Quick ClipsAugust 08, 2008
Today, I will take an opportunity to follow-up on some recent ReelThoughts posts in light of various questions/comments/issues raised by readers via e-mail.
Perhaps unsurprisingly, the post to generate the biggest response was "Theft of Services." Quite a few people wrote to say that the column got them to think about the relationship between advertisers, publishers, and readers on the web. Since the point of the entry was to consider advertisements as more than just irritating clutter, it served its purpose. The question was raised more than once about whether there are similarities between ad blockers (for web ads) and DVRs (to skip television commercials). Although I can see the parallel, there are important differences. Briefly, here are three… (1) There is not a direct relationship between viewership of TV ads and revenue. Ad rates are based on ratings, and (at this point) those are a measure of how many people watch the TV program. Even if you're watching "live" and not skipping commercials, you may get up to grab a snack or use the bathroom and thus miss the commercials. The entire TV advertising model is different from the one that dominates on-line advertising. Blocking an ad on a website COULD impact the publisher's revenue directly. The same is not true of television. (2) TV shows have alternate revenue streams, the most obvious of which is DVD sales. Season box sets are big business and the money brought in by them is not inconsiderable. (3) Commercials in dramatic TV shows interrupt the flow of the narrative. Using a DVR allows the program to continue almost uninterrupted, which provides for a better, more coherent overall experience. (This also is true of watching it on DVD, where there are no commercials.)
The "unwritten contract" I mentioned is meant to imply that someone who visits a website tacitly agrees to view it as the publisher has presented it. Ad blockers circumvent that. There's nothing in this "unwritten contract" about clicking on ads or anything similar. Those who click on ads do so because they want to, not because it's expected. All of this is, of course, a matter of personal choice and interpretation. There are many out there who feel that they have the right to visit as many websites as they want, block all the ads, and ignore the fact that every publisher needs to pay his or her bills. That is a valid position, but it's not mine.
I was reminded of this when I was in a theater last week and a teenager dropped an empty soda cup on the floor on his way toward the exit. As far as I could tell, it wasn't done intentionally, but he made no move to pick it up. I pointed out that he had dropped something (not knowing at that point that it was trash) and he shrugged and said the usher would get it. When I saw what it was, I picked it up and deposited it in a nearby trash can. Sure, there was nothing wrong with what he did and theaters have employees to clean up trash, but what's the harm in bending down, picking something up, and tossing it in the conveniently placed receptacle on the way out? This kind of attitude seems to be infecting society. But I have now gone further afield than I intended to.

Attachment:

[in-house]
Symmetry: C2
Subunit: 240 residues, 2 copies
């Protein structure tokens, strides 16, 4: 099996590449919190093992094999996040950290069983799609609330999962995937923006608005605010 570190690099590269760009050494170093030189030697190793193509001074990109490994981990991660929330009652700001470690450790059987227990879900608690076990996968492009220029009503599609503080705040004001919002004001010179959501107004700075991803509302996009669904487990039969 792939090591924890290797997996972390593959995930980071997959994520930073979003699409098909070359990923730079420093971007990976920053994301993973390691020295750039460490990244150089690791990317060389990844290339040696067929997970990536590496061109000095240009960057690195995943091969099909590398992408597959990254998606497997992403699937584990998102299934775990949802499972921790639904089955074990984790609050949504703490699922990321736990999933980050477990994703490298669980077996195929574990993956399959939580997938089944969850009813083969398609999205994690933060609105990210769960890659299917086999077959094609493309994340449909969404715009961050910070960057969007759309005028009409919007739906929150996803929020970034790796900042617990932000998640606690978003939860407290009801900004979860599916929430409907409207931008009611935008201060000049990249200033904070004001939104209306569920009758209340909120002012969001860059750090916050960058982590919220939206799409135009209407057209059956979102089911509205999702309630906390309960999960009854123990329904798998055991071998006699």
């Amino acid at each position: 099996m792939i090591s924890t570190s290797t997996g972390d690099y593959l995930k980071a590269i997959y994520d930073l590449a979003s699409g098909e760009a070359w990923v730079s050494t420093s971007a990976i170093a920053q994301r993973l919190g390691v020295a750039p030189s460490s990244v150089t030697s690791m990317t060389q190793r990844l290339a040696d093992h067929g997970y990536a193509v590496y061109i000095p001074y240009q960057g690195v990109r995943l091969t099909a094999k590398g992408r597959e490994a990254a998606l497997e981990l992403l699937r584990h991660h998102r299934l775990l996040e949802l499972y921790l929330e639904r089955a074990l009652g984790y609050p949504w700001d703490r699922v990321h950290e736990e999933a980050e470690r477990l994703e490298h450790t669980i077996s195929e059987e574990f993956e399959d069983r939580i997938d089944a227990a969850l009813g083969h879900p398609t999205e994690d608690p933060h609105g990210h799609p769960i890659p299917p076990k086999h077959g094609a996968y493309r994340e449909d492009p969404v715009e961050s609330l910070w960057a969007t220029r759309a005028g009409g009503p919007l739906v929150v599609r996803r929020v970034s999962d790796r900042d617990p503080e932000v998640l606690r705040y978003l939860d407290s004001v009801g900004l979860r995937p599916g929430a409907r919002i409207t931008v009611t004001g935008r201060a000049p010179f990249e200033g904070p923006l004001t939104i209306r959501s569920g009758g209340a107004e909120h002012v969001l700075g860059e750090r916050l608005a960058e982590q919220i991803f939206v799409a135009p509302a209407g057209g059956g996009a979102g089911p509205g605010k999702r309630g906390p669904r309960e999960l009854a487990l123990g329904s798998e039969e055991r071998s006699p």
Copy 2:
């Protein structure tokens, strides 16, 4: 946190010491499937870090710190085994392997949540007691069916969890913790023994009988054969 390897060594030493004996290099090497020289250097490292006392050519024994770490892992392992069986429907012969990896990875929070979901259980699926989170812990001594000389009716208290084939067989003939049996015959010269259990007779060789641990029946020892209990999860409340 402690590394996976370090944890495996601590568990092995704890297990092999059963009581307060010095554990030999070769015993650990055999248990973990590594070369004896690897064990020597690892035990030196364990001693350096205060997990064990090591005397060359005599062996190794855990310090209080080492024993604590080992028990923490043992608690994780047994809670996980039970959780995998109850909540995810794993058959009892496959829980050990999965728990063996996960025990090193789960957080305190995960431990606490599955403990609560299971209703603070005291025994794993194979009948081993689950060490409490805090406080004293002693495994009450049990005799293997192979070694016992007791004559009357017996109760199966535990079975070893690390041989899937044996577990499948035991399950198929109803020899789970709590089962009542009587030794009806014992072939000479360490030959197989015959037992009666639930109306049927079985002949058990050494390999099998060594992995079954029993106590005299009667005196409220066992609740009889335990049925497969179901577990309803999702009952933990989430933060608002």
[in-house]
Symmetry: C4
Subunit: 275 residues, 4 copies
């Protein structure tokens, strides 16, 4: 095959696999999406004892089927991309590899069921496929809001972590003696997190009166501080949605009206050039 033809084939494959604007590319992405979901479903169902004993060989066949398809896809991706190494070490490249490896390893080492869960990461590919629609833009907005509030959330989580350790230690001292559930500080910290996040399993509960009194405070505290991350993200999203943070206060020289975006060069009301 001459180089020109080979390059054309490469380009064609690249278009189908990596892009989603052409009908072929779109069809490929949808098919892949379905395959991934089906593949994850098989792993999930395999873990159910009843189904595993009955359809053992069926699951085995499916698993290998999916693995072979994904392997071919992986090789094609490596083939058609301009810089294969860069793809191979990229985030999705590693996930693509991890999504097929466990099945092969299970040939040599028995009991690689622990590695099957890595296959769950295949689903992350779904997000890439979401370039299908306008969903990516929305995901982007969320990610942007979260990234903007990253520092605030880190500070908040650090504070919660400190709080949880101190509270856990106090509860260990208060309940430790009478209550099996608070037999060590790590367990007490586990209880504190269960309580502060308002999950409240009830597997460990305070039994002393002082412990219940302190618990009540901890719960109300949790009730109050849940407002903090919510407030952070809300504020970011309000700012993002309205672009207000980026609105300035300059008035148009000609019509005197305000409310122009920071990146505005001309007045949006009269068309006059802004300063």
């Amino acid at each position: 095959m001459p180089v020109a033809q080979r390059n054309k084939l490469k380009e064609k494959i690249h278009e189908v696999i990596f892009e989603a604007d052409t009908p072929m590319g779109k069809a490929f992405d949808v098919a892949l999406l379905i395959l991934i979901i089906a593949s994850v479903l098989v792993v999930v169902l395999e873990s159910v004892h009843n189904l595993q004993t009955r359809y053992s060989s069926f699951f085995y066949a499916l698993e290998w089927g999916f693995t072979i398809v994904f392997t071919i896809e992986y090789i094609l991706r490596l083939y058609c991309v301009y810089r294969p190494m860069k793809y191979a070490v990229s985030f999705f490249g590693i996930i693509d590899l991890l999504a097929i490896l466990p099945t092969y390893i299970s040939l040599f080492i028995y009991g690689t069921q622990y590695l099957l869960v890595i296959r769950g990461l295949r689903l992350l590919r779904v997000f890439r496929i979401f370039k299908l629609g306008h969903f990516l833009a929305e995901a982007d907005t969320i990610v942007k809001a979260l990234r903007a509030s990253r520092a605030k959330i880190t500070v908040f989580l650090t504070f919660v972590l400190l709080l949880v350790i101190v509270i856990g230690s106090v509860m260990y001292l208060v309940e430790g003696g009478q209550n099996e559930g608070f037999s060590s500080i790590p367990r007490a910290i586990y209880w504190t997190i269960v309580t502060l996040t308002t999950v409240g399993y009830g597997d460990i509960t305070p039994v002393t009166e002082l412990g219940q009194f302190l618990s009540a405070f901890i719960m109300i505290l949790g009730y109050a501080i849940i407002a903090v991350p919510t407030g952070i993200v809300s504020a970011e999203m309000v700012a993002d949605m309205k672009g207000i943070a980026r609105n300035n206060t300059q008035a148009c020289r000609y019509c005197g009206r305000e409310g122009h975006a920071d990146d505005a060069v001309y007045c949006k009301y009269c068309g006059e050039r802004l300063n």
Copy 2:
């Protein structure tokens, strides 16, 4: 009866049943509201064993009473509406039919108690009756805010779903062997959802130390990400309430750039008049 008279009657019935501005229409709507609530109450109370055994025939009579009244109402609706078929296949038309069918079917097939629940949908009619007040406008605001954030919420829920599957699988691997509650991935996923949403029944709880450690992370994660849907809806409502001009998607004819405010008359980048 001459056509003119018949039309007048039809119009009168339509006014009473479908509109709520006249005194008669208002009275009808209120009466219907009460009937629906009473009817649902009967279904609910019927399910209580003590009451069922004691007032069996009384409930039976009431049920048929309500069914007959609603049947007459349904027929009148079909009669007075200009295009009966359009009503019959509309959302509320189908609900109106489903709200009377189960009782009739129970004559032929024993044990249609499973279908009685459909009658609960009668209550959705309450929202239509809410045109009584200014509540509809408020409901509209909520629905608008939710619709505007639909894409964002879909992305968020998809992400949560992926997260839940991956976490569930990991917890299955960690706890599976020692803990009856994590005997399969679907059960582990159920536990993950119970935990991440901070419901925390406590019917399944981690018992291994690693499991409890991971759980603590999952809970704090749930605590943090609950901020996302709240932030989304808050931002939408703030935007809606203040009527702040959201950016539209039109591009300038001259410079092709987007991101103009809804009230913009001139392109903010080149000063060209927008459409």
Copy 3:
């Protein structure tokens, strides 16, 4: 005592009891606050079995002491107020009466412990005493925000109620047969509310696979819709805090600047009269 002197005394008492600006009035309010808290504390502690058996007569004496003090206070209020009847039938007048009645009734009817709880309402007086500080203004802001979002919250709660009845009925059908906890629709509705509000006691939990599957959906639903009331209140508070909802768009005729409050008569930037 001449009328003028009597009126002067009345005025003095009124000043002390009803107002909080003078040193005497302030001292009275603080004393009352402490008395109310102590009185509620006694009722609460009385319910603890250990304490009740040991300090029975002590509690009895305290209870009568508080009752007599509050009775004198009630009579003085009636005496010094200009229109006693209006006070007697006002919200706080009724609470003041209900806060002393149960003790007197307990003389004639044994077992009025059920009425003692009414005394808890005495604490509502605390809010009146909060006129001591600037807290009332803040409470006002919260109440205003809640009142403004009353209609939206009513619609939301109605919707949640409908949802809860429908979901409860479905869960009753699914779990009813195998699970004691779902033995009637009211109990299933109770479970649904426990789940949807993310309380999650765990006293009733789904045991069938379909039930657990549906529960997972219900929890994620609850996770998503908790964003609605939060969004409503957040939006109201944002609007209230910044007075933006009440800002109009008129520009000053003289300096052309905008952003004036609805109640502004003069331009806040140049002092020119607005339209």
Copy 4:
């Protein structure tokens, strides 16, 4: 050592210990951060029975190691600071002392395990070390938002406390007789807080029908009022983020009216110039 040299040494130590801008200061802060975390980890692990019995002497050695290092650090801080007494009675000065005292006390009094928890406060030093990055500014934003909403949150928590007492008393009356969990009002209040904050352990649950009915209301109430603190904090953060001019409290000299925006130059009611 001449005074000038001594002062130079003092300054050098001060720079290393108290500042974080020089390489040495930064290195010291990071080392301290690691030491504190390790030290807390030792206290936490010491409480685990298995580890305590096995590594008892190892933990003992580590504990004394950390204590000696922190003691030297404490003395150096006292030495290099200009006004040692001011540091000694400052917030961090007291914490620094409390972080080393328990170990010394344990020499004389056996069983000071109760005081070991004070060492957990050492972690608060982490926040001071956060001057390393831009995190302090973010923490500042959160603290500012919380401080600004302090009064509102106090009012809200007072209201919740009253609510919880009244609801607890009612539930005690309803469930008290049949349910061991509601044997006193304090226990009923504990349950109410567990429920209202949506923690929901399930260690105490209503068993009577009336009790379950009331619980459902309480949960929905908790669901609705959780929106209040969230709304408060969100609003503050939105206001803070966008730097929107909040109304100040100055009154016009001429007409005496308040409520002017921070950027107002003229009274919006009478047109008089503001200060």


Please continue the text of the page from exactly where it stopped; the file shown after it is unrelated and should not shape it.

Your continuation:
Concerning "#1 with a Bullet," it has been pointed out that many new films with high fanboy interest debut at #1 on the IMDb Top 250, then gradually drift down the list after the initial surge of "10s" are through. Two readers also noted they had heard stories of Batman fans giving The Godfather a "1" to depress its overall total. This all seems kind of silly to me. Does anyone really care whether The Dark Knight is #1 or #2 or #10 or #50 on the IMDb Top 250? And will those who have worked so assiduously to get it there this year care about it in 12 months?
In "Requiem for a Television Show," I wondered whether Roger Ebert's posthumous tribute to Gene Siskel was available on the website archiving their video reviews. A reader sent me the link, which is available by clicking here. If you appreciated the old S&E, watching this represents 20 well-spent minutes. One wonders whether all of the Siskel and Ebert links will still be available after the television divorce is finalized. (Hopefully, they will be.)
Finally, regarding "Sinking Titanic," it's worth noting that movie-going patterns haven't changed all that much since 1997-98. Some have remarked that Titanic didn't have a big first weekend but its huge take was the result of being #1 for so many weeks. Those things are true but, as is the case today, movies in the late '90s were frontloaded and went away after a few weeks. That has been the multiplex paradigm for at least 15 years. We're not talking about the '70s or early '80s here. What Titanic accomplished was extraordinary because it was so far from the norm. And it stayed at #1 through February and March 1998 largely because of immense repeat business. The Dark Knight is showing some of the same characteristics, but the amplitude of its early box office has been much higher and it will probably not have the same longevity due in part to the time of year.
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